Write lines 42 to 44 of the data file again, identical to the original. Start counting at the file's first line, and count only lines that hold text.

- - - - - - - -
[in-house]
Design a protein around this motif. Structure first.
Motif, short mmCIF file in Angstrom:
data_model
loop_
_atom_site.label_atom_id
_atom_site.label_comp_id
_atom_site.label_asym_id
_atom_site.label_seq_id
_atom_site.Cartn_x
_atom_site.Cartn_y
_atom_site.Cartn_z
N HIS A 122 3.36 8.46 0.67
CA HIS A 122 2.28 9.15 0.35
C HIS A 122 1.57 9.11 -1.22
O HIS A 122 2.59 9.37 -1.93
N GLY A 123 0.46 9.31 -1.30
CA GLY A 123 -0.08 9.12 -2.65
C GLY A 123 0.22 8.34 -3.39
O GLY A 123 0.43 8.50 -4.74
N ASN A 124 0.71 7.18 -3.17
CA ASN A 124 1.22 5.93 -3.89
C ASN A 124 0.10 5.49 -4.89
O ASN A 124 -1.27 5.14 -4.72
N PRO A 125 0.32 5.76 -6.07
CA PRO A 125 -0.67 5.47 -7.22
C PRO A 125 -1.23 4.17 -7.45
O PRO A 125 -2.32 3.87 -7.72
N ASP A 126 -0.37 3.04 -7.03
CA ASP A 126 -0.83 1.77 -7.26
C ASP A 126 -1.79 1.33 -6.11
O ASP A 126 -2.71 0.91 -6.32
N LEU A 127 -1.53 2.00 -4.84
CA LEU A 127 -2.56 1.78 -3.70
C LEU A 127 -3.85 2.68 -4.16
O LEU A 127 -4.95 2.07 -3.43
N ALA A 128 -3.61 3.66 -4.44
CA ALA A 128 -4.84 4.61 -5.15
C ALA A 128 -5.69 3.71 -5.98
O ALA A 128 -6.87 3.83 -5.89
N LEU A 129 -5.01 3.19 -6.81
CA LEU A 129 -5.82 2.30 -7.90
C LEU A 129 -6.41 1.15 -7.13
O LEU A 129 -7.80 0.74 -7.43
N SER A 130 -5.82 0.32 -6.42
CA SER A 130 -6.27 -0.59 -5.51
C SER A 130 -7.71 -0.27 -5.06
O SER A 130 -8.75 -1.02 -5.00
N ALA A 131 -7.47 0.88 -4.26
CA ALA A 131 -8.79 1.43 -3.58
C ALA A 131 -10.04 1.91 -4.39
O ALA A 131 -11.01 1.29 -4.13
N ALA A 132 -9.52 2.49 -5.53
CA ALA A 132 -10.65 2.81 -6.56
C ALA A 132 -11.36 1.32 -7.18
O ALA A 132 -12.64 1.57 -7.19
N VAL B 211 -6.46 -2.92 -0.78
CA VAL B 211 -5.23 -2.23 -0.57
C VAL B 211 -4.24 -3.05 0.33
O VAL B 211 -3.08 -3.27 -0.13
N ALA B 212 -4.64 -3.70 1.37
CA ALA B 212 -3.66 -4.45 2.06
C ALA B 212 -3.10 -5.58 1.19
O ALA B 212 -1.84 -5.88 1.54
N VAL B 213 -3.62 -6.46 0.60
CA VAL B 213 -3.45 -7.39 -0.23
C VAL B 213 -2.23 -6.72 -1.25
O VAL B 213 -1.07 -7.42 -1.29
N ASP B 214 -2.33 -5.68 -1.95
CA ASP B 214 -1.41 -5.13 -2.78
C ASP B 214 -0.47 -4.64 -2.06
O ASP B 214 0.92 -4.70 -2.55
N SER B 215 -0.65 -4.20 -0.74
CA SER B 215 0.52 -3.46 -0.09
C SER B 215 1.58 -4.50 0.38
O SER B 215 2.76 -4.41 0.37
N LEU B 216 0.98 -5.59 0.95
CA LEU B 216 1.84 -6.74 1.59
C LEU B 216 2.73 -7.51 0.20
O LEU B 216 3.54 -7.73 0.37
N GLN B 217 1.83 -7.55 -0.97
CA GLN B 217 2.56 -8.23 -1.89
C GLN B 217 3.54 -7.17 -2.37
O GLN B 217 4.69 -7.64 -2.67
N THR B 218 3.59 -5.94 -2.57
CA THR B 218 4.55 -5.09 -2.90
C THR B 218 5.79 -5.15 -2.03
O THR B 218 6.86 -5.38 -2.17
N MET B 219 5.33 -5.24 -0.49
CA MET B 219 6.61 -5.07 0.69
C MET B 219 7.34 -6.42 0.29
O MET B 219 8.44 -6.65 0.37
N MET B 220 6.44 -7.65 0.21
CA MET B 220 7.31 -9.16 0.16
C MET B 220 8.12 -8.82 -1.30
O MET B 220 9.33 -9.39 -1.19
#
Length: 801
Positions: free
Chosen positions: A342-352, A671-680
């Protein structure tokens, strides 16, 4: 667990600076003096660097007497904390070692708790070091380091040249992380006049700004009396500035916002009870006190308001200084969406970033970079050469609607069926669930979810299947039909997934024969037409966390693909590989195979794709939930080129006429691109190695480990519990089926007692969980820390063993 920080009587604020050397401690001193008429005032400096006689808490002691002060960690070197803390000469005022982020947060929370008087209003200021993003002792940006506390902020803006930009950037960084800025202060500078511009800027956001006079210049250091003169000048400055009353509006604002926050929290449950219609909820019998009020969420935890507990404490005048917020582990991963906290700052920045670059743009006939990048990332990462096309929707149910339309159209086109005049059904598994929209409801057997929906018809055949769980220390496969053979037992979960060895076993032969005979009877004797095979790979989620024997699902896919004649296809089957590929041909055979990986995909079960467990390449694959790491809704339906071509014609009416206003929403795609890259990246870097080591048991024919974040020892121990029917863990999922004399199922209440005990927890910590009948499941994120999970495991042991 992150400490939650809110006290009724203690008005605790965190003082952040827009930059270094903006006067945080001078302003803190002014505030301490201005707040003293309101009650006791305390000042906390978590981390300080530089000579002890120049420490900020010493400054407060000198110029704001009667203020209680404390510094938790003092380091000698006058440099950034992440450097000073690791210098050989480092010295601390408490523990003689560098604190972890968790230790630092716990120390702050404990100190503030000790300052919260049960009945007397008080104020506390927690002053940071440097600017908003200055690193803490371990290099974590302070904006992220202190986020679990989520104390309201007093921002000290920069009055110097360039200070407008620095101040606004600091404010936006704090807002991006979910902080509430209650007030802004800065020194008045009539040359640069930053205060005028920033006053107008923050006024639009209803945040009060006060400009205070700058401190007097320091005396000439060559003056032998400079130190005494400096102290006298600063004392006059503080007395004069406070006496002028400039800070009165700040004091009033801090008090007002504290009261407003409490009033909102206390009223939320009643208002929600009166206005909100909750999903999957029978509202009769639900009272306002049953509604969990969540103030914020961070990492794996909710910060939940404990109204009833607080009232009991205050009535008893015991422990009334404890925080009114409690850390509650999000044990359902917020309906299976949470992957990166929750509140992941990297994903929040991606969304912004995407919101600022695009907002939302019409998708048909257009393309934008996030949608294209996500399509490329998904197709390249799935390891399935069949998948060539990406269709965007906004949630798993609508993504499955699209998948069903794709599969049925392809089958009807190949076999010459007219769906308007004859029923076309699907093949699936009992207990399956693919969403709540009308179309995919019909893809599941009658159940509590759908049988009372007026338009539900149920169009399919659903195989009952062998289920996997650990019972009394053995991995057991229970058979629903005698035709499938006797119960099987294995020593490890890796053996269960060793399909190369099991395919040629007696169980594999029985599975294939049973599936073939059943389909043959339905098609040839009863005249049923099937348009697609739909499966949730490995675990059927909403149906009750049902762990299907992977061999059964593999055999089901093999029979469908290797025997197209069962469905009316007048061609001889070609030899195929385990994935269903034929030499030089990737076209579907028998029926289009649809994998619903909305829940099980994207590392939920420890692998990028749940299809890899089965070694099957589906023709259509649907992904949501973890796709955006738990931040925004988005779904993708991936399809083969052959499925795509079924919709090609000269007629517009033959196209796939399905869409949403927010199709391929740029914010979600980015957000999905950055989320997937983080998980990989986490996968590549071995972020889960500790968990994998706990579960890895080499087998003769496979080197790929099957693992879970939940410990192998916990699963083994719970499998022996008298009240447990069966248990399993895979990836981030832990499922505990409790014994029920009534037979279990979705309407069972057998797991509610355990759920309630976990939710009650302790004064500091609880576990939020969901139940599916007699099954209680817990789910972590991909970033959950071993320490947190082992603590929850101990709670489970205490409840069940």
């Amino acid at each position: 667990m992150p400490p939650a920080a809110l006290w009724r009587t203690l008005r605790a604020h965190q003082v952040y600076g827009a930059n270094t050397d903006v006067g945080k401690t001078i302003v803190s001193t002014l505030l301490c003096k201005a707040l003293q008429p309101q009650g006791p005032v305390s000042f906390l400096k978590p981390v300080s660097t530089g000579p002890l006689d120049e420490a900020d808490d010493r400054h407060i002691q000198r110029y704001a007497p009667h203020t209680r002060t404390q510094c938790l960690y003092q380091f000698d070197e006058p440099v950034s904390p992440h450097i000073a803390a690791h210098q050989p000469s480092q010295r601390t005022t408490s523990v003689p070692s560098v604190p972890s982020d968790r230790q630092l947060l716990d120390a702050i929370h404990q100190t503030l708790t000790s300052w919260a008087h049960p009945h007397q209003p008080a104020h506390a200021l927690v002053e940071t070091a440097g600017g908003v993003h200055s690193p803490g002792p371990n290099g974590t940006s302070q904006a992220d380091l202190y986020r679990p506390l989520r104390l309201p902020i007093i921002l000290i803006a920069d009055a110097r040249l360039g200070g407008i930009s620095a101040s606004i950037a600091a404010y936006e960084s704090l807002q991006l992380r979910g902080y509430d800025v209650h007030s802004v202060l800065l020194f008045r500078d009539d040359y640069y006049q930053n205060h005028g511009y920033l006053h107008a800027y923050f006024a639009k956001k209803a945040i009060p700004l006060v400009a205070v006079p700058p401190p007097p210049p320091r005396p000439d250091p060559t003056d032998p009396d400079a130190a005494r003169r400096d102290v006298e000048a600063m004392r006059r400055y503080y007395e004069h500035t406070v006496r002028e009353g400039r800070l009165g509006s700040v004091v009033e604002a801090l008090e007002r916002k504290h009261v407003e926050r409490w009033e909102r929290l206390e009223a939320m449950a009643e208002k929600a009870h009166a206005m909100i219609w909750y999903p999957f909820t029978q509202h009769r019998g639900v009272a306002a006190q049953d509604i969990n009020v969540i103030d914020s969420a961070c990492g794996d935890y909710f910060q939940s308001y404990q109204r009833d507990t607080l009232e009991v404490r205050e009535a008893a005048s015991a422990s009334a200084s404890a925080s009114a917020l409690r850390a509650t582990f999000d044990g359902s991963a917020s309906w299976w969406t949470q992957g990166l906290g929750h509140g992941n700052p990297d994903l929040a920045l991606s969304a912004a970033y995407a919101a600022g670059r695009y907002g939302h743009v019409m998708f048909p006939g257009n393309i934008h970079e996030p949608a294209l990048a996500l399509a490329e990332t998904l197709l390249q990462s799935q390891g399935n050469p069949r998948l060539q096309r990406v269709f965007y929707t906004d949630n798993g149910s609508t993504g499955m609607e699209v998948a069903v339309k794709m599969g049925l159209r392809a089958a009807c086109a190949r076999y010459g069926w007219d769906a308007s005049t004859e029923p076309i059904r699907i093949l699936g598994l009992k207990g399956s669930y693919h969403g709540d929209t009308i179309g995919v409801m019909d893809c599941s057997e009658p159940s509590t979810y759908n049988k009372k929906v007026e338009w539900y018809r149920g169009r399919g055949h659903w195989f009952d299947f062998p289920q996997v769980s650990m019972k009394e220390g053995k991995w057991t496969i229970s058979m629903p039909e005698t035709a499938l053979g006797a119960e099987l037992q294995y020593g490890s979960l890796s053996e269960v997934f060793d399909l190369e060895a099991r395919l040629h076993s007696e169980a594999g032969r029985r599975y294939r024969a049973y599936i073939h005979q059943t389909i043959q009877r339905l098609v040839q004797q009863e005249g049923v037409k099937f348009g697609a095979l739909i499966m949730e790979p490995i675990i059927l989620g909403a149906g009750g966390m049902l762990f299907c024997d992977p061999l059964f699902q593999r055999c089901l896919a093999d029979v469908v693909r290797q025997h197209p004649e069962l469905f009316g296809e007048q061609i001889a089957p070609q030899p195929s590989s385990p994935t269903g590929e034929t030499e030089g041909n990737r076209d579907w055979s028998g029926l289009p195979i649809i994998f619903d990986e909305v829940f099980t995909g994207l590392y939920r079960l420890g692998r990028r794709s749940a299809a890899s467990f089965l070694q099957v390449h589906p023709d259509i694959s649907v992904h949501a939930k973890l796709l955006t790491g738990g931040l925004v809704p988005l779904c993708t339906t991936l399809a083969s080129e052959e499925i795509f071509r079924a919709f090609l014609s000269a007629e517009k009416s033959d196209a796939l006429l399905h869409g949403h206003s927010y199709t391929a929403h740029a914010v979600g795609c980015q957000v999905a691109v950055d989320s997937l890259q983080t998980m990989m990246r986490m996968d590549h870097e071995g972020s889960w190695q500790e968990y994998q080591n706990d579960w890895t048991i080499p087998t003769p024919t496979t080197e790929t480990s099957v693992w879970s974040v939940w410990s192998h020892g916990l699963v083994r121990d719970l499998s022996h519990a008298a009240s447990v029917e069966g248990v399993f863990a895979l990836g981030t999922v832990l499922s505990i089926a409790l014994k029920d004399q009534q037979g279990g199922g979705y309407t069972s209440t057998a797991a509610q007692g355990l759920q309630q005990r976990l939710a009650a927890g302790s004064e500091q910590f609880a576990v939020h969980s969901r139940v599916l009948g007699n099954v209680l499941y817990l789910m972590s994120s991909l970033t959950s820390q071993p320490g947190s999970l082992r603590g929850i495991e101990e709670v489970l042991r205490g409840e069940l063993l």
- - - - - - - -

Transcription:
CA LEU A 129 -5.82 2.30 -7.90
C LEU A 129 -6.41 1.15 -7.13
O LEU A 129 -7.80 0.74 -7.43